¿Emborracharse sin resaca?

Posted on the septiembre 12th, 2006 under Ciencia by Ismael Briasco

barney.gifUn investigador británico anunció que encontró una forma de crear una droga que imita el efecto de alegria que genera el alcohol — en pocas palabras, un tremendo pedo — sin producir la famosa resaca del día después o tener que pasar por desagradables vómitos…

Ahora, todo bien, pero la no entiende nada…no me imagino tomando una Quilmes Liberty y atrás la pastillita para ponerme en pedo…o perderme el placer de tomar un buen vino…y bue, por algo dicen que los ingleses son aburridos, estas cosas lo terminan demostrando...


Now a drug that gives you that alcohol buzz, but without a hangover

By Kate Brumback

alcoholbottles.jpg

With
new research, it is possible to develop a drink that mimics the
positive effects of alcohol without the next-day headaches or long-term
health risks. The work of David Nutt, a professor of psychopharmacology
in England, could change the bar scene forever. (Rebecca Castillo/CNS)

glassesclose.jpg

Hangovers
may become a thing of the past. Drinks containing partial agonists
(PAs) would produce only the desirable effects of alcohol–relaxation
and increased sociability–said David Nutt, a professor of
psychopharmacology in Britain. (Rebecca Castillo/CNS)

beerhand.jpg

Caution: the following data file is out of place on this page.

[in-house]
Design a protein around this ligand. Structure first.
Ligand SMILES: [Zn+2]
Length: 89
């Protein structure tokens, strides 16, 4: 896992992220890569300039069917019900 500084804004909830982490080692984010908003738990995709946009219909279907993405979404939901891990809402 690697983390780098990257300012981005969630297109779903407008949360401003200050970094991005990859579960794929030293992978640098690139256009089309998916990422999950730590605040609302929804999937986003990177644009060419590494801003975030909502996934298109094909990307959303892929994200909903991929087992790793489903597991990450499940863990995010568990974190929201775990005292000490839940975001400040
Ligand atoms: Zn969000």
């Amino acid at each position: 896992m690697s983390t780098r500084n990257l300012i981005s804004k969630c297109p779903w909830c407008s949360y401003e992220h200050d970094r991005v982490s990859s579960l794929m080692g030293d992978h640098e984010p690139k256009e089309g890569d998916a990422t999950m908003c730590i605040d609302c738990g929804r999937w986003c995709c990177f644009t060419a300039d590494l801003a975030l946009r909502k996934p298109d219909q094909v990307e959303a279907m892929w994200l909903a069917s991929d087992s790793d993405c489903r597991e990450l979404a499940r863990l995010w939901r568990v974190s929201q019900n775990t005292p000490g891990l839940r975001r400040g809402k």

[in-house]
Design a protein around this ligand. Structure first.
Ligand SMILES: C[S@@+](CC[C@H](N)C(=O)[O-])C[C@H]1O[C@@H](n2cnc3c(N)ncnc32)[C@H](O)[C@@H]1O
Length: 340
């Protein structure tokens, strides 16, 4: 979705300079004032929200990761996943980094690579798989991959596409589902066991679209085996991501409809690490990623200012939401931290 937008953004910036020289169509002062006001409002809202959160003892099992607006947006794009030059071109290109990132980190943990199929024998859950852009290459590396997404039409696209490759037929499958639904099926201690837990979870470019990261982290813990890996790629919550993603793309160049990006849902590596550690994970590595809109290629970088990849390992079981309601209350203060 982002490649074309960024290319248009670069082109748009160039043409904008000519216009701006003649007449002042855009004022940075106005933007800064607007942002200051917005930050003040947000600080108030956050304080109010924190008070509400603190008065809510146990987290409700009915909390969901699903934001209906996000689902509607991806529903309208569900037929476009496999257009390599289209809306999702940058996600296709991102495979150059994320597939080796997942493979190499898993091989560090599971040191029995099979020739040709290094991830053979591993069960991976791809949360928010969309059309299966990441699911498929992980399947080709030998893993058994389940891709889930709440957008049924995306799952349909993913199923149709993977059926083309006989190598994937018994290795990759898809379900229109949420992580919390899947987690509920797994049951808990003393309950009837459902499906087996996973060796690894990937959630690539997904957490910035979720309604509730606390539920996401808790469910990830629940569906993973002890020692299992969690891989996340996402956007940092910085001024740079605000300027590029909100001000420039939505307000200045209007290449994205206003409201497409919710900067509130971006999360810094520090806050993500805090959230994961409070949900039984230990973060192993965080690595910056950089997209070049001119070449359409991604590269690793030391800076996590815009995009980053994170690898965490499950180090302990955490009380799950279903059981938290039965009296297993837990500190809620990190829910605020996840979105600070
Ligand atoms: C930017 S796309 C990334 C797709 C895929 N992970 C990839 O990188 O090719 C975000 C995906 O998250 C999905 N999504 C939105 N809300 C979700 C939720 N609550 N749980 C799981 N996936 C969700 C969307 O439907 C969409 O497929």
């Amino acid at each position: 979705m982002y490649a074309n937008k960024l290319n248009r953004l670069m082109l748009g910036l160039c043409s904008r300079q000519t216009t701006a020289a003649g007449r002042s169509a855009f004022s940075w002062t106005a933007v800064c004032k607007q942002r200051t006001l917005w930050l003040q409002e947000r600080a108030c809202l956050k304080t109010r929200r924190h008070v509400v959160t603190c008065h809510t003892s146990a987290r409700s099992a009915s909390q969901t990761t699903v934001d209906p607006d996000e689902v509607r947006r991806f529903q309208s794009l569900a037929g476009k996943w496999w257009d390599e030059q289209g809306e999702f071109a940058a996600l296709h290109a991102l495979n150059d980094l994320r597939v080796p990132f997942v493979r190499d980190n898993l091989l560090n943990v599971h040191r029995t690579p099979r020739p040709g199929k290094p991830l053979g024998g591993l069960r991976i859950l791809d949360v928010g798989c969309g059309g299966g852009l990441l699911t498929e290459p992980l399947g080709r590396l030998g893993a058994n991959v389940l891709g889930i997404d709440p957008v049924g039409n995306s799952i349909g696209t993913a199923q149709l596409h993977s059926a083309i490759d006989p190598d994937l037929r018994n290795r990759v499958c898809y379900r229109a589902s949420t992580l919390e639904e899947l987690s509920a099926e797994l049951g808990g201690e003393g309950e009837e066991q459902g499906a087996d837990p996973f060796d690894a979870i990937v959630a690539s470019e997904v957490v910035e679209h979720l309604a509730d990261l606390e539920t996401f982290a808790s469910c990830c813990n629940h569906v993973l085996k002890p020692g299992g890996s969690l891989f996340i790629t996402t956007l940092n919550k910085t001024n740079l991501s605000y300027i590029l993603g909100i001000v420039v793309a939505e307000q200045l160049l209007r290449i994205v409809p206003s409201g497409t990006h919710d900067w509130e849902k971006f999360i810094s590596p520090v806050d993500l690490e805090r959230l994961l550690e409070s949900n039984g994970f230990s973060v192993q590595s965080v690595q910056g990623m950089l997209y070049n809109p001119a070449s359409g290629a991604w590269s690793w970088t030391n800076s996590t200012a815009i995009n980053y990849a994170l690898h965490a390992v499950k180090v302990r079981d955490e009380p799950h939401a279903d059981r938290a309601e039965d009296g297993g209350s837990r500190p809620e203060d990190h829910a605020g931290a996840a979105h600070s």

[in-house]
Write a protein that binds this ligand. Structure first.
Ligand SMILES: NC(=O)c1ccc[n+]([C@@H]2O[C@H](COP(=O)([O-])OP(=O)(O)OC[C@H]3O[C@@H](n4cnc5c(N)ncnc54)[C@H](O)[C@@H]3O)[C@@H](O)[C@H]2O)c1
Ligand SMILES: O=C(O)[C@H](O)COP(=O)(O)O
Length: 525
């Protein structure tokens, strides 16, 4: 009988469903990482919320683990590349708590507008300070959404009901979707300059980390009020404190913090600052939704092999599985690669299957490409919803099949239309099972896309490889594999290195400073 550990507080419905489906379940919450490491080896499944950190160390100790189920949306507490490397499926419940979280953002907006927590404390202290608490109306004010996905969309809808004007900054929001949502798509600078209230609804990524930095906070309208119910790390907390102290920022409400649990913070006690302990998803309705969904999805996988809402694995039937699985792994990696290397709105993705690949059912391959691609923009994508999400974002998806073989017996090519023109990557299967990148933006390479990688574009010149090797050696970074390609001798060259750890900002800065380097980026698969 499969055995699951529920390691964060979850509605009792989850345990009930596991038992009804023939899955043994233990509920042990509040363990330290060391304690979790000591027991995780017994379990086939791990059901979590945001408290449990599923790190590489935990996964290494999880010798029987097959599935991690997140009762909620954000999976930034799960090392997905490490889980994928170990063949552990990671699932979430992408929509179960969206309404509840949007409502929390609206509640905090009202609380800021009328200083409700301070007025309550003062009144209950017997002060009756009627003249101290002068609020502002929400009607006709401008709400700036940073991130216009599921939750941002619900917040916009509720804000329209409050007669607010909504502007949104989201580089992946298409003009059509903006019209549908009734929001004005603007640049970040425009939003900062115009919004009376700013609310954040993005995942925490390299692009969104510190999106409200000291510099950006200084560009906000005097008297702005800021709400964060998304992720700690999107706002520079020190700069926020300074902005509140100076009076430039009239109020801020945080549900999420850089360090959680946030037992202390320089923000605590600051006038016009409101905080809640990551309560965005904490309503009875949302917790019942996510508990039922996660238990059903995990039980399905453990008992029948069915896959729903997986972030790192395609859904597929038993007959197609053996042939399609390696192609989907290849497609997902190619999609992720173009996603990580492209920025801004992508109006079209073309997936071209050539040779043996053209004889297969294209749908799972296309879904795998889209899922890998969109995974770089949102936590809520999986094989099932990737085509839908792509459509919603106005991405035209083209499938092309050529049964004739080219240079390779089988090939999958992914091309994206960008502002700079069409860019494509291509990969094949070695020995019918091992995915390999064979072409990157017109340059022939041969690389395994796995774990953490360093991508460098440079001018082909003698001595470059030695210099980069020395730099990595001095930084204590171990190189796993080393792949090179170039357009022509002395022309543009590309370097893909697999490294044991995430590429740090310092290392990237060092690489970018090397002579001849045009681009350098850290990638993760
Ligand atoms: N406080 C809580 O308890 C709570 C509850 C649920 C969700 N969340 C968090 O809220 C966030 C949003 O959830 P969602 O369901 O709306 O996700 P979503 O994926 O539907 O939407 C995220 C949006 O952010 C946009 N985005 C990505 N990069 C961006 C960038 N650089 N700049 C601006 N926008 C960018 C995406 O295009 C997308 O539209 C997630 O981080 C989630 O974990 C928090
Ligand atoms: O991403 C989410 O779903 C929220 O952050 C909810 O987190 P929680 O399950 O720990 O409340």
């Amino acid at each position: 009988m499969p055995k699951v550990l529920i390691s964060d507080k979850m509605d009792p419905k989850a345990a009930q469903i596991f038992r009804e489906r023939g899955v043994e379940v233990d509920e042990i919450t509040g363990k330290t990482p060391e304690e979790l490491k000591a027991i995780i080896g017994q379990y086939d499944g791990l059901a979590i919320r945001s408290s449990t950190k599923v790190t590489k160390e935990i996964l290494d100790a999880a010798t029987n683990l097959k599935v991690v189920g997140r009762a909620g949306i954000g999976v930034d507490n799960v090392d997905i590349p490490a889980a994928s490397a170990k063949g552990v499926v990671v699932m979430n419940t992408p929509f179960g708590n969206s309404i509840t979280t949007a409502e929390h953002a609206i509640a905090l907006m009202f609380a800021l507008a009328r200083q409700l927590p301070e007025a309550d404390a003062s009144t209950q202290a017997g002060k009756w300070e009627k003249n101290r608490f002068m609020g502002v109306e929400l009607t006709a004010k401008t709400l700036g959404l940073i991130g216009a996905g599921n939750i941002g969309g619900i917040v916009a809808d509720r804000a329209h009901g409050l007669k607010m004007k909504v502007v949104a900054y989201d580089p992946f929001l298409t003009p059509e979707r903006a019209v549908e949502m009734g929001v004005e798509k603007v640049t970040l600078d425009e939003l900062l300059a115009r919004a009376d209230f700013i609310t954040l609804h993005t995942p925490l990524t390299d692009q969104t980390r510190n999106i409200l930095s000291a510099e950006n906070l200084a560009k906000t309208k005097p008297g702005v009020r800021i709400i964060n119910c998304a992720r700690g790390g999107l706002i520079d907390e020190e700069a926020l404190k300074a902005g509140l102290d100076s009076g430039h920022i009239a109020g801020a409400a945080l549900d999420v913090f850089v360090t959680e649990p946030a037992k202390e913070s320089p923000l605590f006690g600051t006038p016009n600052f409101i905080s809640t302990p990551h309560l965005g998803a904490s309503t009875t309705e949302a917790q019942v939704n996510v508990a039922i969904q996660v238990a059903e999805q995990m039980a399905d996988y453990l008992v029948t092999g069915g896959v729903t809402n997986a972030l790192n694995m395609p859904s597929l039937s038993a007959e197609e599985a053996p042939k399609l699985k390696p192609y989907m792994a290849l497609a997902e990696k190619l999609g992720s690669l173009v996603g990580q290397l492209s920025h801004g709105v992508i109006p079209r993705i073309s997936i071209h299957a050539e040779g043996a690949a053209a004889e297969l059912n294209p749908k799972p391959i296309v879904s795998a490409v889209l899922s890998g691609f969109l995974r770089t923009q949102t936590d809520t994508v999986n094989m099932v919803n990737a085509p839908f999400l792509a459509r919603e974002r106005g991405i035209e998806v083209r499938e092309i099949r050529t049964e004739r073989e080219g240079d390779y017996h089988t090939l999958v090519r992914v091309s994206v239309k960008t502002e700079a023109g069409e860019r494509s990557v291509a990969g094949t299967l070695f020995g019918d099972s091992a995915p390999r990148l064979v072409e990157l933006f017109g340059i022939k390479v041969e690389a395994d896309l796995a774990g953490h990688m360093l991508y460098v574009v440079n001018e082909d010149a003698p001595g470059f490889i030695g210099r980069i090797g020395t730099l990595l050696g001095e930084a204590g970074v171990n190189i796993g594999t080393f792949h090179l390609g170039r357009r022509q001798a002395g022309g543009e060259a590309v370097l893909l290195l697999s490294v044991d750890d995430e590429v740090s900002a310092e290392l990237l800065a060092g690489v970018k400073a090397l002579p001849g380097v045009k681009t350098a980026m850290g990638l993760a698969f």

Drinks
containing partial agonists (PAs) would produce only the desirable
effects of alcohol–relaxation and increased sociability–said David
Nutt, a professor of psychopharmacology in England. With this new
technology, those who choose to imbibe, would no longer have to deal
with nasty hangovers. (Rebecca Castillo/CNS)

barglasses.jpg

Hangovers
could become a thing of the past. Drinks containing partial agonists
(PAs) would produce only the desirable effects of alcohol–relaxation
and increased sociability–said David Nutt, a professor of
psychopharmacology in Britain. (Rebecca Castillo/CNS)

A British scientist’s recent announcement that he
had found a way to develop a drug that mimics the happy effects of
alcohol–sociability and relaxation–without producing next-day
headaches or ravaging the body sparked an immediate controversy.
“Every sip of alcohol does rot your liver,” said David Nutt, a
professor of psychopharmacology at Bristol University, “and I think it
would be preferable to have something that doesn’t rot your liver” but
makes you feel happy.
Nutt said he had also come up with a way to instantly sober up from
the fake drunk feeling–by taking a drug now used to treat tranquilizer
overdoses. But while this cocktail of drugs (still in the theoretical